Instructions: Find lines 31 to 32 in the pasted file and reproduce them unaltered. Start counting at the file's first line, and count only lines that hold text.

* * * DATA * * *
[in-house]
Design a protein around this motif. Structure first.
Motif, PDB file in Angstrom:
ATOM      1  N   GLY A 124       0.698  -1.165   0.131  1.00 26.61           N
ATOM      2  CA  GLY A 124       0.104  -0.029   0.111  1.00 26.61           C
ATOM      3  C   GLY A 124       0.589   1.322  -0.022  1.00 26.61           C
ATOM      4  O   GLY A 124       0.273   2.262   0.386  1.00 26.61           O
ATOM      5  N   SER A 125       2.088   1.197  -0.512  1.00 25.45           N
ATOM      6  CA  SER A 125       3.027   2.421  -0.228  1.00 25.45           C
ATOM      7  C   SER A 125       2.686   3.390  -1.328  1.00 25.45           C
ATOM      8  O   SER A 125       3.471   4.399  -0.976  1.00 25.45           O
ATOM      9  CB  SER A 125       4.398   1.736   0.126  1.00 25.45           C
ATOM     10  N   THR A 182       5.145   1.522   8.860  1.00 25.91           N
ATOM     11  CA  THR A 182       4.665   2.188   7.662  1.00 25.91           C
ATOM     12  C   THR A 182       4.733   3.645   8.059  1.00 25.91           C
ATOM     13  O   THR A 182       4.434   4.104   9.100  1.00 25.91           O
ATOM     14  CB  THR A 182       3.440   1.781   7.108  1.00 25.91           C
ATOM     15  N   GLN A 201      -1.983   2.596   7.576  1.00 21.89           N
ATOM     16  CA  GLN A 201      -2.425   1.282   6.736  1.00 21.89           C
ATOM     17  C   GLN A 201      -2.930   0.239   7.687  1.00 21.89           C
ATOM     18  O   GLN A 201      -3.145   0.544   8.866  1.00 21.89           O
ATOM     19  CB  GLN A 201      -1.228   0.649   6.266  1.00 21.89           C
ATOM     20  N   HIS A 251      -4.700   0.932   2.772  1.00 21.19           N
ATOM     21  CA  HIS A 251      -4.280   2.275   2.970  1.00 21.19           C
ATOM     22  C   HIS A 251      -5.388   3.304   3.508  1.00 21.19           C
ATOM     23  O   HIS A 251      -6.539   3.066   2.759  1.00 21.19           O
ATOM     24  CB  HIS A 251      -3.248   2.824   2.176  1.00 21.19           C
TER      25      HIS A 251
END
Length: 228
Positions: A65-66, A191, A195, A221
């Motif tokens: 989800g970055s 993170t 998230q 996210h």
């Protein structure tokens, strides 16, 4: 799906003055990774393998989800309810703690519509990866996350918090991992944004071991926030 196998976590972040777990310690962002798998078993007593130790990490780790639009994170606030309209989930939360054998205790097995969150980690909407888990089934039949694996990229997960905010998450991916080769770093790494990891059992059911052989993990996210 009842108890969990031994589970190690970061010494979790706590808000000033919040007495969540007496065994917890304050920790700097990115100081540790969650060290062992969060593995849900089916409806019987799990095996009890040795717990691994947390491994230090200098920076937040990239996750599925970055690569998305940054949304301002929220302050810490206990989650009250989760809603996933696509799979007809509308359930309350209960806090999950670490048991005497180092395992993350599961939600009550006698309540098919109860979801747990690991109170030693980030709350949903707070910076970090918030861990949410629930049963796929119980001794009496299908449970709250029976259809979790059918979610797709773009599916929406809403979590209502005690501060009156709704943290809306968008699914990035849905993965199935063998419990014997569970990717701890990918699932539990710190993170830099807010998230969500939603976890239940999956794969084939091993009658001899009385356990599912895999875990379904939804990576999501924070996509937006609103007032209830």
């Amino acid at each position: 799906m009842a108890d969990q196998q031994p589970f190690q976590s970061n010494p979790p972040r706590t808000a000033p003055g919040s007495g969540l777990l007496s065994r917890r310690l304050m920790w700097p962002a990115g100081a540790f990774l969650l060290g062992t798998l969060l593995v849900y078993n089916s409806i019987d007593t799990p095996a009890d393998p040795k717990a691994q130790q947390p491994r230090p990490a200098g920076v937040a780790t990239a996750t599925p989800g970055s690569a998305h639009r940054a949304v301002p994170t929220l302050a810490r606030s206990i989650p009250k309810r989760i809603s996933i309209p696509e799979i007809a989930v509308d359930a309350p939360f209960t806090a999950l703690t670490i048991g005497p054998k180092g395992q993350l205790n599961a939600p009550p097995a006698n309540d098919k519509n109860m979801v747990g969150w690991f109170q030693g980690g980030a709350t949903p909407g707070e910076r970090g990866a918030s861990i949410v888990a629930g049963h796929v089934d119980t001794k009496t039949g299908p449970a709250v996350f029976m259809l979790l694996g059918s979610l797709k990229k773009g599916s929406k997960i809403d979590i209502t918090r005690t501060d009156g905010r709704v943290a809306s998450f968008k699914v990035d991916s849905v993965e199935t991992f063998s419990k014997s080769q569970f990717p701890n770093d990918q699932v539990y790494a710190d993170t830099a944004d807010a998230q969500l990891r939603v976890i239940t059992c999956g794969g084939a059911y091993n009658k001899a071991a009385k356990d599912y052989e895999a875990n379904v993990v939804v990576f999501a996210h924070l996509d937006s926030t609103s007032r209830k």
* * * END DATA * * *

Positions: A65-66, A191, A195, A221
């Motif tokens: 989800g970055s 993170t 998230q 996210h």